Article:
Ayurved tries to manage this disorder with a multimodal approach.

l Accurate diagnosis of the condition is the foremost step. After differentiating the condition from amavata or vata rakta the physician examines the patient while noting their prakriti, dietary and other history, seasonal and climatic assessment, nature of pain, severity and stage of the condition, etc.

l Aahar and vihaar are the dietary corrections and lifestyle modifications. Foods that aggravate vata should be barred. A diet shouldn’t be too heavy or light, it should boost the digestive fire, be freshly cooked and warm, and should improve the bone and joint health. Old grains like rice, wheat, barley, ragi, green gram, cow ghee, nuts, butter, dates, raisins, bitter vegetables, milk form the main ingredients of such a diet. Milk and milk products, oil, ghee, fruits, sour or fermented food items, non-vegetarian food should be avoided in the inflammatory stage of osteoarthritis. Boiled water should be consumed is preferable even for RO or filtered water.

One should not assume a certain position for a long time causing undue pressure on certain joints. Continuous sitting, standing, running, hopping, inappropriate posture or even sedentary lifestyle should be avoided. Day nap, night vigil, suppression of natural urges like urination or excessive exertion is undesirable as it results in vata imbalance.

l Lose weight: Higher BMI is usually associated with joint pain and inflammatory diseases.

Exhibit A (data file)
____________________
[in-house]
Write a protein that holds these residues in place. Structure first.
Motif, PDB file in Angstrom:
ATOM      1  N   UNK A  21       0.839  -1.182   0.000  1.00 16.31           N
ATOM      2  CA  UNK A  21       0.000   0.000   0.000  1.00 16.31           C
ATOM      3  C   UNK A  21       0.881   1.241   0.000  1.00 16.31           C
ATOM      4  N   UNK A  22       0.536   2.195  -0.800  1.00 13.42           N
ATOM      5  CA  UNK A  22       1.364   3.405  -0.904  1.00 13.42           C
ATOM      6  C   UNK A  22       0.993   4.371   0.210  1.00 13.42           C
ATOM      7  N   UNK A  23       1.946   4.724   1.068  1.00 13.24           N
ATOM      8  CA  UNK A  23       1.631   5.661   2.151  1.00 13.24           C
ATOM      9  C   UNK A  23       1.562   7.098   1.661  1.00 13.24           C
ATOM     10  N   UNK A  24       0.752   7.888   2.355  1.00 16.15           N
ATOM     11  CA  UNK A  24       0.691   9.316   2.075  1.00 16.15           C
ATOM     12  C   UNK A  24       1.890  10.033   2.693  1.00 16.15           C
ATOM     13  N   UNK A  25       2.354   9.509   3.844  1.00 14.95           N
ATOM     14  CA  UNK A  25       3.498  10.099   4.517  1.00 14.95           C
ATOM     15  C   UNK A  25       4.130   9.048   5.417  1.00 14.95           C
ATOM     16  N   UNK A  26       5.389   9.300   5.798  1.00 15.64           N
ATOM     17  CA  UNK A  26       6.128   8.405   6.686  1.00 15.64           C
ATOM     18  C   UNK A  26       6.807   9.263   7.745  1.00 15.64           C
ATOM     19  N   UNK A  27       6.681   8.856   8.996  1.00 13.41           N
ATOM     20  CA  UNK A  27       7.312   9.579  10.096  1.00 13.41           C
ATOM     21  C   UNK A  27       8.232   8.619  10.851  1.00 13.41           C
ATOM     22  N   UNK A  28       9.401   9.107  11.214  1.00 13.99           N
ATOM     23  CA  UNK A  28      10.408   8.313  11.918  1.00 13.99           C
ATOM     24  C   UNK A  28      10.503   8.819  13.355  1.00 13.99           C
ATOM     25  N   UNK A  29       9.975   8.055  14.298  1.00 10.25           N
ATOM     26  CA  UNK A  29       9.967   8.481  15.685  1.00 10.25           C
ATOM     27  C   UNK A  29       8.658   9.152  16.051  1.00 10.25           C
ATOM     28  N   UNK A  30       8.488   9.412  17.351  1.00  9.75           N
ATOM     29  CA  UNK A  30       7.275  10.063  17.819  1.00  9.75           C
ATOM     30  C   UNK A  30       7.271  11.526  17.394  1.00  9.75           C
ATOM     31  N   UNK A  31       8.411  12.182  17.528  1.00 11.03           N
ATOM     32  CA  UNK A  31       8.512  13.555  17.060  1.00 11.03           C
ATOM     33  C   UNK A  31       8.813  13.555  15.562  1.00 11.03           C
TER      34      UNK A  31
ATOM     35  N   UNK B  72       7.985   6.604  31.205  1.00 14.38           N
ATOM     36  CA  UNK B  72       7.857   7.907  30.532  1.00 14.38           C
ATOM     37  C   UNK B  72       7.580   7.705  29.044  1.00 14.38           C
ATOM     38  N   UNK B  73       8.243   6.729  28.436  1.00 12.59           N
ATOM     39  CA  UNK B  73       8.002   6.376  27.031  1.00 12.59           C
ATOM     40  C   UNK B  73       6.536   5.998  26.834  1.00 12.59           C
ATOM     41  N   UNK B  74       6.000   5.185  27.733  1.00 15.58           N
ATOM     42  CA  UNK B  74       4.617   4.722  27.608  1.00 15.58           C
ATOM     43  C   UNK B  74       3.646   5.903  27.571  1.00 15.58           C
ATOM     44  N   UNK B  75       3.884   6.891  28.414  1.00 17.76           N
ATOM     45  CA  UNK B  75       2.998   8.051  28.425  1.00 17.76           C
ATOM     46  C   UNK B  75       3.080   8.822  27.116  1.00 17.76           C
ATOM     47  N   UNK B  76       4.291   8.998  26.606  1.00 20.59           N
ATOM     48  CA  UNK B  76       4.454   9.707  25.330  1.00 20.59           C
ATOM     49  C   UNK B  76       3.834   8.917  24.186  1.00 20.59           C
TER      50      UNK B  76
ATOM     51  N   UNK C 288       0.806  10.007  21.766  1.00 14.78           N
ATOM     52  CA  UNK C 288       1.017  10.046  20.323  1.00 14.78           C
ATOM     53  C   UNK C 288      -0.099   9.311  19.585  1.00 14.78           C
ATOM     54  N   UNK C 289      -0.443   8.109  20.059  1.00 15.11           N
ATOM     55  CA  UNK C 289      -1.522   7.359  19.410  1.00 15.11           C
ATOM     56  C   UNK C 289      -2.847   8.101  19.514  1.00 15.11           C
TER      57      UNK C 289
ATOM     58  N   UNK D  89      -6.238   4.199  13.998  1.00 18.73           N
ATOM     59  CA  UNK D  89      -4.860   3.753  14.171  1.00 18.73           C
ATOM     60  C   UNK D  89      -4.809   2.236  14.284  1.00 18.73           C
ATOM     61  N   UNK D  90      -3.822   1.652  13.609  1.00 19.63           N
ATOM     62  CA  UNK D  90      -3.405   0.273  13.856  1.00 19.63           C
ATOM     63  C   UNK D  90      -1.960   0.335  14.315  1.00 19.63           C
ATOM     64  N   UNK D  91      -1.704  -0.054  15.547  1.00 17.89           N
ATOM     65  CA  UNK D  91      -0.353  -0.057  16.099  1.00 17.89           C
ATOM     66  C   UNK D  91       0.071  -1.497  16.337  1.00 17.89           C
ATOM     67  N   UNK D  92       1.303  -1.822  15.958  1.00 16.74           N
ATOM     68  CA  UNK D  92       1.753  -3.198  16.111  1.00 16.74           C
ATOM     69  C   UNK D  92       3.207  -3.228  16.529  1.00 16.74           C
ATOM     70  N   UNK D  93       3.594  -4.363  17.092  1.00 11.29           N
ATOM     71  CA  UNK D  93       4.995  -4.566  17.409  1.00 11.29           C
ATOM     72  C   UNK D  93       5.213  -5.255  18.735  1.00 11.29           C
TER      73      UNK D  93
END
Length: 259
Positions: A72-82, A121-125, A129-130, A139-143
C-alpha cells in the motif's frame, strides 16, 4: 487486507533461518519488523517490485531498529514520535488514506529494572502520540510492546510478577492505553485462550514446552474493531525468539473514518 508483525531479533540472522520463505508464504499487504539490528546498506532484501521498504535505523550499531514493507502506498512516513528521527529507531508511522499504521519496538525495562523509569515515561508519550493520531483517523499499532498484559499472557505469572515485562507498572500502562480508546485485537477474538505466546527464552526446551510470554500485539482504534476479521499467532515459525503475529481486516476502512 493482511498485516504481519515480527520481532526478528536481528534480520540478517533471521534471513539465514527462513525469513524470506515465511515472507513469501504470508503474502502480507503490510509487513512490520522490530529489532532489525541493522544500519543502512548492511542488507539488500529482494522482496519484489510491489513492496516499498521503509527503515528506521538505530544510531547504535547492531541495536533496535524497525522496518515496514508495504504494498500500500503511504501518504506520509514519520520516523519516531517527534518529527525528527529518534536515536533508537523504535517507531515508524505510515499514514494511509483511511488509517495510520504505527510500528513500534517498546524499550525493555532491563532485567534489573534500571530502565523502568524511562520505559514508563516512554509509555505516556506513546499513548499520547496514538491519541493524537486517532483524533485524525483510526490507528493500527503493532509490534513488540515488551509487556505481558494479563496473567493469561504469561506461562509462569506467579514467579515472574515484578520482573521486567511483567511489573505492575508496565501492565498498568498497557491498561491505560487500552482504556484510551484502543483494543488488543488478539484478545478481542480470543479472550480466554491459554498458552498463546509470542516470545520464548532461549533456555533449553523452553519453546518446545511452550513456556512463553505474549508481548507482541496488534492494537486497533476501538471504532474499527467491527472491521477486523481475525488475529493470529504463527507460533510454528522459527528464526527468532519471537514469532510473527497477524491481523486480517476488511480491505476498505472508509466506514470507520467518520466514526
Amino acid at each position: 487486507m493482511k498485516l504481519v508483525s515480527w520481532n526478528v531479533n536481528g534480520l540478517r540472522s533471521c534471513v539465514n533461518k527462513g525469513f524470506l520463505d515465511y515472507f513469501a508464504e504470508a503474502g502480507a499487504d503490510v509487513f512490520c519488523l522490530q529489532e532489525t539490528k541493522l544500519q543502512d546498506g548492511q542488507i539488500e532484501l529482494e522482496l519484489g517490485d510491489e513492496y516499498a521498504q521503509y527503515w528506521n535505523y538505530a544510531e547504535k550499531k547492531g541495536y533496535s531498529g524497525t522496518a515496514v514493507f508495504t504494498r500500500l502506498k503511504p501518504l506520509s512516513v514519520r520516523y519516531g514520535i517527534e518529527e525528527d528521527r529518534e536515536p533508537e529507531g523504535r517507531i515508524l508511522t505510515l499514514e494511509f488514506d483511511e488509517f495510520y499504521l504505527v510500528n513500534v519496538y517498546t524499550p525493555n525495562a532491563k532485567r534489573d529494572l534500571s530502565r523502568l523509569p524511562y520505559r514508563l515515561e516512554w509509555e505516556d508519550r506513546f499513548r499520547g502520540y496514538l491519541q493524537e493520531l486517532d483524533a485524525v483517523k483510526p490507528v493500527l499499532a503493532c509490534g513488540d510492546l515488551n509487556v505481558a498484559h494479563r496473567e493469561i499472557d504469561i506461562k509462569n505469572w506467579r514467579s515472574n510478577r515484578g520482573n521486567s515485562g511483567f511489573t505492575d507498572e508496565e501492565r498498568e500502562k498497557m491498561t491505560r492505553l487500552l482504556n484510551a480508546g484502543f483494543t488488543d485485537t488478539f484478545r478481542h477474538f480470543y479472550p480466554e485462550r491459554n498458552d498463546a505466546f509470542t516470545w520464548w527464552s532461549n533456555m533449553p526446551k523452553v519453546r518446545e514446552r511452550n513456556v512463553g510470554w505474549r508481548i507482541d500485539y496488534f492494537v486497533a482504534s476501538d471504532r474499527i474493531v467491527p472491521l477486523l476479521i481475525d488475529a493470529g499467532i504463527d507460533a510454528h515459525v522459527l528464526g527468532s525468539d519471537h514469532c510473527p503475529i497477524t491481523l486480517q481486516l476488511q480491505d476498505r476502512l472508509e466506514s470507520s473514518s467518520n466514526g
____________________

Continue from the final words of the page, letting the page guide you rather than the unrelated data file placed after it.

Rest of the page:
l Therapeutic management: External and internal treatments are designed to target the reduction of abnormal vata. External treatments like snehan (oil massage), swedan (sudation therapy), janu basti, kati basti, parishek, pottali swedan, lepa, etc, reduce inflammation and pain. Oil enemas (matra basti) and other medicated enemas are indicated wherever needed and are extremely beneficial in nourishing the bony tissue and joint structure.

l Yoga and exercise: Depending on the area or joint affected, certain poses help strengthen the body whereas some worsen the condition. In any case avoid exercise in acute, painful or inflammatory conditions. Bhujangasan, shalabhasan, naukasan and surya namaskar help increase flexibility of one’s back. Poses like gomukhasana, ardha matsyendrasana, baddha konasan and vajrasan help strengthen the knee, ankle and smaller joints in the feet but shouldn’t be practised when in extreme pain or swelling. Slow walking, jogging and swimming also helps mobilise the joints. Pranayam, if done regularly, increases the body’s endurance and helps in better pain tolerance. Meditative practices like guided meditation help in healing and focussing better on the ailment.

l Oral medication is dependent on the stage of the disease and patient’s condition. Scientific minimal medication can reverse pain and swelling if appropriate diet is followed in lesser duration.

In the latter half of our lives our bodies become quite vulnerable to degenerative diseases. But the picture today shows many youth falling prey to these lifestyle disorders. The above guidelines can act as preventive and curative measures in curbing osteoarthritis.

(Writer is chief medical officer at Traya Natural Health Centre and can be reached at [email protected])